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Kaylor: How much do you know about eggs?

April 10, 2014
Carolee Kaylor - Nutrition Program Assistant , Pierce County Tribune

Try this quiz.

1. True or false: Eggs with white shells and brown shells have the same nutritional value.

2. Eggs are a good source of high-quality _______, which your body needs to maintain muscle.

3. After cooking, what should the internal temperature of "mixed egg dishes" (such as egg casseroles) be? _____ degrees F.

4. Egg yolks are a source of this "sunshine vitamin": Vitamin ____.

5. True or false: Healthy people usually can eat one egg a day without affecting their blood cholesterol level.

The answers:

1. True. The color of the eggshells depends on the breed of the chicken.

2. The protein in eggs is of high quality and contains all the essential amino acids (protein building blocks).

3. Cook egg-containing casseroles to 160 degrees F. Use a food thermometer to check doneness.

4. Vitamin D is naturally present in egg yolks. Vitamin D works with calcium to maintain

strong bones, and it has several other jobs in our body.

5. True, but check with your doctor or dietitian if you are on a special diet for a health

condition.

Incredible Eggs

Eggs are "egg-ceptional" additions to our diet, whether we scramble, hard-cook or poach them. They have about 70 calories and 13 vitamins and minerals.

We need to handle eggs safely in our kitchen because some eggs contain salmonella, a type of bacteria. Be sure to cook and store eggs properly.

Here's how to keep eggs safe:

Open the carton and check eggs at the grocery store. Be sure you don't buy cracked eggs.

Store eggs in their carton in the main part of your refrigerator, not in the door. With proper refrigeration, raw eggs in their shells remain high in quality for about three weeks after you purchase them.

Cook eggs until the yolks and whites are firm. Be sure scrambled eggs are not runny.

Use refrigerated hard-cooked eggs within one week. Use refrigerated leftover egg casseroles within four days.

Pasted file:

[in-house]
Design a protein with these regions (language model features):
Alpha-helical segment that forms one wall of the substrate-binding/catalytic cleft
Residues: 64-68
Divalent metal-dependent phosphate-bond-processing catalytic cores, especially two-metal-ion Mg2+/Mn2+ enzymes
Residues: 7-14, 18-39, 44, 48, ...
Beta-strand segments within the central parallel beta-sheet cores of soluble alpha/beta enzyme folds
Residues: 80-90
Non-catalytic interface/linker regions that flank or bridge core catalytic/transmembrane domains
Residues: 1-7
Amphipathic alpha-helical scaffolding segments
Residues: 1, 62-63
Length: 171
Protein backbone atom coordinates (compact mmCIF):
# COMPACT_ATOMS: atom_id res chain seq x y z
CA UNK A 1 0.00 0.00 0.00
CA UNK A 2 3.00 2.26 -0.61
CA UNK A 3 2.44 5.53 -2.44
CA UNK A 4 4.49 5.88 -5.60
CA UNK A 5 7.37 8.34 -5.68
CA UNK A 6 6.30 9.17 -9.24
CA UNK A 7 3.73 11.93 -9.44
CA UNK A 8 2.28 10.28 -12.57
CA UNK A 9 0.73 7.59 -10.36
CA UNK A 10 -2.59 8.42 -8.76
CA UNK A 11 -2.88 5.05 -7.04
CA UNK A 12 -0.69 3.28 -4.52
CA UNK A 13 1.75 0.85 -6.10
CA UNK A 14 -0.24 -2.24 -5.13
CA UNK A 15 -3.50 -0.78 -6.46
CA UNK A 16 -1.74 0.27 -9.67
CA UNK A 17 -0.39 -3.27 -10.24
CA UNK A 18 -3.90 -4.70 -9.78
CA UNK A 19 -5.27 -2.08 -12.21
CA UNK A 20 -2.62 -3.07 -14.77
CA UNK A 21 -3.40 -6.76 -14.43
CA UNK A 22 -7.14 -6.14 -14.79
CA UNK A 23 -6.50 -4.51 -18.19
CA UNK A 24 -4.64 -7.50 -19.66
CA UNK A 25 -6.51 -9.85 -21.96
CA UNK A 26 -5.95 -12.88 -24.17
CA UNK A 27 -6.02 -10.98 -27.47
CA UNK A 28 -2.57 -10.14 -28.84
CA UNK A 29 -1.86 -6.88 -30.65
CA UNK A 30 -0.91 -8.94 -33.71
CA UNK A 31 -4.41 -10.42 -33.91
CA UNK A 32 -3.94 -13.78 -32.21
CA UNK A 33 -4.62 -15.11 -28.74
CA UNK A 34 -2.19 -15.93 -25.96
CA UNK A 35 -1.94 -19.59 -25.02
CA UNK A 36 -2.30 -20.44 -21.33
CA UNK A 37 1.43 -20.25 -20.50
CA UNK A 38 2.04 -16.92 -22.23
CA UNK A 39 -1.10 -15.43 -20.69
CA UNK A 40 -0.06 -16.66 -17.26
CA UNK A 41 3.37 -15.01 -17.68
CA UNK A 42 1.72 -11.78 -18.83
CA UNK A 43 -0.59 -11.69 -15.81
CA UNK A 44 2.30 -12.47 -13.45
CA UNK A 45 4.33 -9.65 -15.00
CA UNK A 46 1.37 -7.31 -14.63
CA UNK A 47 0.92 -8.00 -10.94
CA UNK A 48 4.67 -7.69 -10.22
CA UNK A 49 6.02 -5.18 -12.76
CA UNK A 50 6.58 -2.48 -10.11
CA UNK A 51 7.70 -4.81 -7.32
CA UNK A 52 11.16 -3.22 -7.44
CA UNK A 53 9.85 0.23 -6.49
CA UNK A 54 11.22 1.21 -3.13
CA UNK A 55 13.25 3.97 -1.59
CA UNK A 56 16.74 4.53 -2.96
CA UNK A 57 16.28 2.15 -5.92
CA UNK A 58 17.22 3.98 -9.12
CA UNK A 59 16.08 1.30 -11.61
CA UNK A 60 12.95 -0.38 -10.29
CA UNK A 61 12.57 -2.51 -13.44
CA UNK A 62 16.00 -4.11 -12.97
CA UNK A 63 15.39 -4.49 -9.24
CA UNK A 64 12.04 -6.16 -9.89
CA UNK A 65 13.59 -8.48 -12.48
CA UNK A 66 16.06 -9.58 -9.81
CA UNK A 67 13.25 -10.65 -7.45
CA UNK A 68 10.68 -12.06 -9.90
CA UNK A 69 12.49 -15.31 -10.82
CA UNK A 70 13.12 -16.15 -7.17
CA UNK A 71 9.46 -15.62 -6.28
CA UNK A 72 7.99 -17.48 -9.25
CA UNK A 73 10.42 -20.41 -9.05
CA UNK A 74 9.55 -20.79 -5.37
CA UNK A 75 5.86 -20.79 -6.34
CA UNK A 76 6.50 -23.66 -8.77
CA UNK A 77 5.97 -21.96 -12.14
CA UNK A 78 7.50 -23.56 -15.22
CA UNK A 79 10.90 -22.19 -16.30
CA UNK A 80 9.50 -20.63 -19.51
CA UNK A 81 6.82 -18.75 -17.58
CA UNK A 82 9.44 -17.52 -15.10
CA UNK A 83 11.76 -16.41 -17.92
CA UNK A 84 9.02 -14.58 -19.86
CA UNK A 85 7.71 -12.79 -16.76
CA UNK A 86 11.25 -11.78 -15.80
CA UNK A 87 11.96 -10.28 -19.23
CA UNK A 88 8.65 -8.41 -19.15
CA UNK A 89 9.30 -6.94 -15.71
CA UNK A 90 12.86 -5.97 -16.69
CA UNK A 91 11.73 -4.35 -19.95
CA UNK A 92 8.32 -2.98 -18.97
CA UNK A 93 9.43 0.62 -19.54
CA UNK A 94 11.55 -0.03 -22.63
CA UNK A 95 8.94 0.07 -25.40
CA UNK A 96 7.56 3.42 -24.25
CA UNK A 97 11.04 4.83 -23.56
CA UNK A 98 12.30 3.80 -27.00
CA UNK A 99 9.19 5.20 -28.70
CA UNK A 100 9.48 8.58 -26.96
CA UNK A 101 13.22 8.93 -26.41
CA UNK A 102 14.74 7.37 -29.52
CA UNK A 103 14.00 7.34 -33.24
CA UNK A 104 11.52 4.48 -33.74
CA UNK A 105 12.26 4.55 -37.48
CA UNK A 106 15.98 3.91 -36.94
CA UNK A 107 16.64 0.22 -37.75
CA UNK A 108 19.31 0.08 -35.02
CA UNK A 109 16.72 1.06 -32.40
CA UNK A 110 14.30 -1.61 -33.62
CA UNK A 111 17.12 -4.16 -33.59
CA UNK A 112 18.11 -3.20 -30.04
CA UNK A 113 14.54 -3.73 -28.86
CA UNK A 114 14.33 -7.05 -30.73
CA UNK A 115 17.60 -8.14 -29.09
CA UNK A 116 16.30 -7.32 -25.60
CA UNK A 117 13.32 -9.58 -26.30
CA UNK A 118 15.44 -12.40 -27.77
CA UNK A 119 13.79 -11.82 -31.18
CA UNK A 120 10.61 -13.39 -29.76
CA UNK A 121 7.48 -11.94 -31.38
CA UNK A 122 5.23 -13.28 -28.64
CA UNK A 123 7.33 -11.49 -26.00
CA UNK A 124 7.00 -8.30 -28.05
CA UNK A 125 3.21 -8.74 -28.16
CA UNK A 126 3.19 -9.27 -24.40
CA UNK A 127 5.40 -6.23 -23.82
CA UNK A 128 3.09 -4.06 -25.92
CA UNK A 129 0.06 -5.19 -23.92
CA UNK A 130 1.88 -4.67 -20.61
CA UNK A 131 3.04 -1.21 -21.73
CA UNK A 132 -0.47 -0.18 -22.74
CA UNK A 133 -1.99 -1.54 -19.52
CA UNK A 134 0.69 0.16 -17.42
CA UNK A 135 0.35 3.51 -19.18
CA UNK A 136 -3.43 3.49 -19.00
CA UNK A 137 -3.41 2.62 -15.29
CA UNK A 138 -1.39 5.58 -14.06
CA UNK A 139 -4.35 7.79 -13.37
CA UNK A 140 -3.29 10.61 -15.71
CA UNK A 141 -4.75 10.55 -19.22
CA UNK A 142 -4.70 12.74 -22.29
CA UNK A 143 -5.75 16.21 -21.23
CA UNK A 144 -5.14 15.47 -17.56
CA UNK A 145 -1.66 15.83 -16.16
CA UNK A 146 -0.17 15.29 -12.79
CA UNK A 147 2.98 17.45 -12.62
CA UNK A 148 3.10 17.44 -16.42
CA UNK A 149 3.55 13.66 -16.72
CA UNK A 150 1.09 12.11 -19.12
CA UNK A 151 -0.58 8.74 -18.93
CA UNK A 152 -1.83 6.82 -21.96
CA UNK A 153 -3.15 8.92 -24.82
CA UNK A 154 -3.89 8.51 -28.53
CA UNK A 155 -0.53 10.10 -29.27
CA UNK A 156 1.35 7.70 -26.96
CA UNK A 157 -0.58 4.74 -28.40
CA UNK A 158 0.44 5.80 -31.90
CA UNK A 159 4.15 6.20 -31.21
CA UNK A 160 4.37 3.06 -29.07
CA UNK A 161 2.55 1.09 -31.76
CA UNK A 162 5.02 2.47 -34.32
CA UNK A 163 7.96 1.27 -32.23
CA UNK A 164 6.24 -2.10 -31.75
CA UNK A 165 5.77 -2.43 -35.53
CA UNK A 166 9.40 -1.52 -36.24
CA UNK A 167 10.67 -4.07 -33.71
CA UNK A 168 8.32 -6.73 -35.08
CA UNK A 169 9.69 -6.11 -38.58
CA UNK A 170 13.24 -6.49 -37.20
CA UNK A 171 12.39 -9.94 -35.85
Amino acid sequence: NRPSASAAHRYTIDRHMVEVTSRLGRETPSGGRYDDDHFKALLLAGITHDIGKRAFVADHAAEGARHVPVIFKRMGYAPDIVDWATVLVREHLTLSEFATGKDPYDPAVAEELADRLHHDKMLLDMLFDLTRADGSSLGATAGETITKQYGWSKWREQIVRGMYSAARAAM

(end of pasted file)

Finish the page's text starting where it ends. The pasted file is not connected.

From NDSU Extension Service Julie Garden-Robinson, Food & Nutrition Specialist

DEVILED EGGS

6 large hard-cooked and peeled eggs

c. mayonnaise (made with canola or olive oil, if available)

1/8 tsp. salt

1/8 tsp. pepper

Paprika (optional, for garnish)

"Hard cook" eggs, then cool and peel. Slice eggs into halves lengthwise. Place yolks in a

1-quart zip-type bag along with mayonnaise, salt and pepper. Close bag and mix by squeezing the bag until all ingredients are thoroughly mixed and resemble paste. Alternately, you can mix in a bowl with a fork or mixer. Push contents toward one corner of the bag. Cut about inch off the corner of the bag. Squeeze the bag gently and fill the cooked egg white halves with the yolk mixture. Sprinkle lightly with paprika if desired. Chill to blend flavors.

Makes six servings. A serving (two egg halves) has 140 calories, 12 grams (g) of fat, 0 g carbohydrate, 6 g protein and 170 milligrams of sodium.

INDIVIDUAL BAKED EGGS

1 slice bacon

1 teaspoon melted butter

1 egg

slice Cheddar cheese

Preheat oven to 350 degrees F (175 degrees C). Place bacon in a large, deep skillet. Cook over medium high heat until evenly brown, but still flexible. Wrap bacon slice around the inside of a muffin cup. Place a teaspoon of butter (or bacon grease) in the bottom of muffin cup. Drop in egg. Bake in preheated oven for 10 to 15 minutes. Place slice of cheese over egg, and continue cooking until cheese is melted and egg is cooked.

 
 

 

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